Artist Profile – SANDRA TURNBULL

by Kay Blake of Collage Arts. London September 2005

Sandra’s private view evening “Strangeness and Calm” is as one would expect it to be. In the heart of trendy Hoxton on a hot summer night, the enthusiastic crowd buzzes around inside and outside the small gallery Off Broadway, the wine and strawberries flowing fast. Upstairs and past the ‘hardcore’ part of the exhibition (interestingly grouped on the stairs, where it is difficult to stand and stare for long), the barbecue is in full swing. The guests are mixed but predominantly stylish. A small cluster of fellow artists from the Chocolate Factory huddle on the pavement outside, and a discussion about pornography is in progress.

The old argument, pornography vis a vis erotic art, is one which is never quite resolved. Perhaps in order for an artist’s representation to be regarded as pornographic rather than erotic it could be seen to contain some element of malevolence or exploitation. It could be that the absence of these two ingredients, despite the possibility that some might find some of her more sexually explicit pieces mildly shocking, has a good deal to do with Sandra herself. Sexy and attractive, with a winning manner and open-hearted approach, you find yourself wanting to know her and to know how she feels about her work and what she has in mind when she creates it. What drew her to painting, and what are her other passions?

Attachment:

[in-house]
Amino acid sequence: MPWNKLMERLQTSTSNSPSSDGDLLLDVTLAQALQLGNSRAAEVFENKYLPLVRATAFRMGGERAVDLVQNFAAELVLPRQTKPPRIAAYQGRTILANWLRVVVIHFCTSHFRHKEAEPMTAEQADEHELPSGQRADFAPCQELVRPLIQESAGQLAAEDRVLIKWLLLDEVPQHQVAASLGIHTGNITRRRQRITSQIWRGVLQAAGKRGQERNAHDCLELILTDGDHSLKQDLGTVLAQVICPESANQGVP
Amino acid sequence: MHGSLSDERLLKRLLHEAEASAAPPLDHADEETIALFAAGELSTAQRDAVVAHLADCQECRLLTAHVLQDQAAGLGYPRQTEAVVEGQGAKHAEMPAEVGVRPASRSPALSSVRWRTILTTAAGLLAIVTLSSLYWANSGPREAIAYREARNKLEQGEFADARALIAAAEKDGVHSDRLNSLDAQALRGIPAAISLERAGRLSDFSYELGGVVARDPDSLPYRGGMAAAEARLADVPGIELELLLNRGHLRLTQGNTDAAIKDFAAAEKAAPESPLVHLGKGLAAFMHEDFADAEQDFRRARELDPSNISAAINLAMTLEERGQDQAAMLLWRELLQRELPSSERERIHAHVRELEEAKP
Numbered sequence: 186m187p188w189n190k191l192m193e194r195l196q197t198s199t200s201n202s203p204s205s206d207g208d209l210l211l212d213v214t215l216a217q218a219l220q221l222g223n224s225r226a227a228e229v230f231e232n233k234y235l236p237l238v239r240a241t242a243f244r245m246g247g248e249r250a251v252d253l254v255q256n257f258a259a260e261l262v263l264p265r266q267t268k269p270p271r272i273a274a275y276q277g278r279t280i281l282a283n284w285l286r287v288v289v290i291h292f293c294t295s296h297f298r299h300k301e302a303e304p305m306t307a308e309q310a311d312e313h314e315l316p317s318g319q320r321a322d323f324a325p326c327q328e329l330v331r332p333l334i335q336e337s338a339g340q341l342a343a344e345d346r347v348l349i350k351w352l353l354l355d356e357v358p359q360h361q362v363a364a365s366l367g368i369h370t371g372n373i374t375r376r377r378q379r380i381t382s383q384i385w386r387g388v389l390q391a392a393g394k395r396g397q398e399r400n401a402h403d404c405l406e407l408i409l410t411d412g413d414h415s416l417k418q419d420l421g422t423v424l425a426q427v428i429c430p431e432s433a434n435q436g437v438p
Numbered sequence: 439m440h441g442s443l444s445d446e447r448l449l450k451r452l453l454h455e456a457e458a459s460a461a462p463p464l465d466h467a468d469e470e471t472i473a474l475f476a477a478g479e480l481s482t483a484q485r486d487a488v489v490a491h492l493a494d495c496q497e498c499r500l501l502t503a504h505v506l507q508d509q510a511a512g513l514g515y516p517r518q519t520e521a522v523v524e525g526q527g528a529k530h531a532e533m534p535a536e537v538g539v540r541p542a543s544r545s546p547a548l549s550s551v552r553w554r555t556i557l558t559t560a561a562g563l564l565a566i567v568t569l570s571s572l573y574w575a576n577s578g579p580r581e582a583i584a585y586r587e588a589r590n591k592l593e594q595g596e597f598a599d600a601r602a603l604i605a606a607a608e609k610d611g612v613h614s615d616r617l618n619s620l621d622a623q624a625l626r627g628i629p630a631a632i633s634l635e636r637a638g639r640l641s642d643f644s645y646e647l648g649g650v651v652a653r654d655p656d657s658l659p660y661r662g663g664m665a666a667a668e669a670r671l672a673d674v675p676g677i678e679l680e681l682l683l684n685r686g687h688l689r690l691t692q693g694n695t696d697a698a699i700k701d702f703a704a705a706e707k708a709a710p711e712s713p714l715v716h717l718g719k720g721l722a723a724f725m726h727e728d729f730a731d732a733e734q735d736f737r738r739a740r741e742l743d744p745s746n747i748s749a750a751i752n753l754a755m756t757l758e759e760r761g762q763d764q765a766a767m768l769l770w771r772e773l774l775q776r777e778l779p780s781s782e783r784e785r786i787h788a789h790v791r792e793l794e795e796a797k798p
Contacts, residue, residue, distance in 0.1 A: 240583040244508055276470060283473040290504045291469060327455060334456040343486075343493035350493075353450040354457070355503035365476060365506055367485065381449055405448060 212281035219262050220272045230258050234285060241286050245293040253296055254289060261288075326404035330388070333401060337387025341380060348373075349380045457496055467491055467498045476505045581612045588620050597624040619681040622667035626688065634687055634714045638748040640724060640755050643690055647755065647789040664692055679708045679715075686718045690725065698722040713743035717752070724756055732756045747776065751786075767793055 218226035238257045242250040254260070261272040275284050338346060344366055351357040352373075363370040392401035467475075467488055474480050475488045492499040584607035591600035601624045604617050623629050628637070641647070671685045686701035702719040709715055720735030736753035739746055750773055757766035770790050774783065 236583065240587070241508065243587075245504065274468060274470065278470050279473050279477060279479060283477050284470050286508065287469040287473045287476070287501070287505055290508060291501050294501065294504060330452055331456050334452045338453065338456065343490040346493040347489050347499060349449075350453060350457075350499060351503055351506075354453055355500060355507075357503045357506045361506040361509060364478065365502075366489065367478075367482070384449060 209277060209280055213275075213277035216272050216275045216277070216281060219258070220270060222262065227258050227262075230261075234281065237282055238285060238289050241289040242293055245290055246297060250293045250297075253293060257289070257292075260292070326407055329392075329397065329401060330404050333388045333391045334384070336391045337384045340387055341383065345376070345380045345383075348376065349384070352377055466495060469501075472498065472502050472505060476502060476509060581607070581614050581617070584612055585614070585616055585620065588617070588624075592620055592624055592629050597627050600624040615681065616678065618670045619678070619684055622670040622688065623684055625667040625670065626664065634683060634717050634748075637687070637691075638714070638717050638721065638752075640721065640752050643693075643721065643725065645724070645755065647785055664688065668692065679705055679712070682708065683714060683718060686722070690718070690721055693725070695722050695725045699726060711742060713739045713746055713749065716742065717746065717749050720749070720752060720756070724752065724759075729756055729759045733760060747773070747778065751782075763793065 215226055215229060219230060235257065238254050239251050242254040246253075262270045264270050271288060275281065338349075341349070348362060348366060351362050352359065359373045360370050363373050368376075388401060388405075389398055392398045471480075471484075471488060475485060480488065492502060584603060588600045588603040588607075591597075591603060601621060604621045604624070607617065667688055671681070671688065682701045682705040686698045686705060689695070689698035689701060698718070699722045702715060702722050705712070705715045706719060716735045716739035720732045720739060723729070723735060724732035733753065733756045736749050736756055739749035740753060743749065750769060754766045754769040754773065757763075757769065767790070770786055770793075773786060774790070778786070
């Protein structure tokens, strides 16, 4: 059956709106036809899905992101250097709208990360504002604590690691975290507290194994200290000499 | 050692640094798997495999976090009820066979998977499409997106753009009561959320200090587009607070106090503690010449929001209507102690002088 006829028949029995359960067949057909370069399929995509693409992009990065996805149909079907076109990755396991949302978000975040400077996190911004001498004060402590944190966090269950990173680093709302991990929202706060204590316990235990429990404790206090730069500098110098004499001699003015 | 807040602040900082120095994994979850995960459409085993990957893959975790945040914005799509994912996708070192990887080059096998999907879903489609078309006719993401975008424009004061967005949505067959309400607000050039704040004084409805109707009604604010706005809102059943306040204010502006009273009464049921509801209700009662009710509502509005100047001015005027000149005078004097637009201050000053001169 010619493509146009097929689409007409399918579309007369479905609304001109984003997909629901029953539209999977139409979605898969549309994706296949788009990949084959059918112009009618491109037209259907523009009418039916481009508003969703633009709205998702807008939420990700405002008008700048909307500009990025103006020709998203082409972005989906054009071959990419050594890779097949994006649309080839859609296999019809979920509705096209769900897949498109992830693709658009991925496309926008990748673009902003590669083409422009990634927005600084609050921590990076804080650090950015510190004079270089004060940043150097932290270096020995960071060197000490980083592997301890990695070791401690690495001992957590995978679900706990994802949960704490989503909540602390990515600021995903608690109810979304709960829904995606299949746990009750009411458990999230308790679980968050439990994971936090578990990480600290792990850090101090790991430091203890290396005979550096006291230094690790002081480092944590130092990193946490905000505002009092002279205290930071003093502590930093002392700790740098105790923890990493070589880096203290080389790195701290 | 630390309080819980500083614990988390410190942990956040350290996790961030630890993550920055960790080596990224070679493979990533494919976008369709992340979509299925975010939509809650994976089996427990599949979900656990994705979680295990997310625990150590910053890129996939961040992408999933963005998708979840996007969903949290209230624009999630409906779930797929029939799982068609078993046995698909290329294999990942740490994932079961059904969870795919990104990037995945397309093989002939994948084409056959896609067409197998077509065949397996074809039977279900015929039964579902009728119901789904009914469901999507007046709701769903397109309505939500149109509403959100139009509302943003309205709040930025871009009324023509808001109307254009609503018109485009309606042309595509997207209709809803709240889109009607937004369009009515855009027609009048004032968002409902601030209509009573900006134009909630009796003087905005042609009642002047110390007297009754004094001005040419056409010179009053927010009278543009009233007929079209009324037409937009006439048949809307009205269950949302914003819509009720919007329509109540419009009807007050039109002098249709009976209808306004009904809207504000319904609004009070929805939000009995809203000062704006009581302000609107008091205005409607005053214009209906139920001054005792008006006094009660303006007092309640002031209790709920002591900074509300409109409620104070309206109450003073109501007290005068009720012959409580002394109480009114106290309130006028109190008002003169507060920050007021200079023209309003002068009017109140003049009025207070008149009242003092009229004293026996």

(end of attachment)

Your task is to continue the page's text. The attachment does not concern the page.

Sandra has been a Chocolate Factory artist for some four years. Asked how she felt about the somewhat unfashionable area, she asserts that this is irrelevant since once she passes the gates she enters her own private heaven. She had been painting for several years before taking over her own studio, but her personal journey through life has brought her into several creative arenas. That she has a talent for self-reinvention is borne out by her various accomplishments in the field of dance, music and visual art. Romantically, she ran away from home at sixteen to join a troupe of dancers, having trained first in classical then in modern dance. Then followed a career in music management, working with the hugely successful band, Eurhythmics. She married John Turnbull, a member of the Blockheads, who knew Dave Stewart, and in her words, just ‘fell into’ the music business. One cannot help but feel, though, that her personality, enthusiasm and energy were qualities that inspired the confidence people placed in her. For a woman, then even more than now, it was a battle every day to succeed in a business universally accepted as cutthroat. She realised early on the impact that would be made by the Internet, and embraced rather than feared it, predicting that the industry would of necessity reinvent itself.

Sandra needed to do other things, and painting became more and more important to her. Asked about the pornographic/erotic element in her work, she is unequivocally assured. Part of the inspiration for her paintings she found visiting lap-dancing clubs and getting to know the women who routinely strut their stuff, as well as being fascinated by the reaction on the faces of the clients, especially when compared to the nonchalance of their entertainers. She has no interest in telling an unhappy story in her more erotic work and indeed there is a joyful feeling about them that beams through the vivid colours and lively composition.

No one thing, however, is enough of a life for Sandra Turnbull. She addresses other media with typical confidence and spends two days a week teaching Pilates, as well as, most recently and astonishingly, training in the martial art of Iaido – the technique of Japanese sword drawing – complete with extraordinary costume!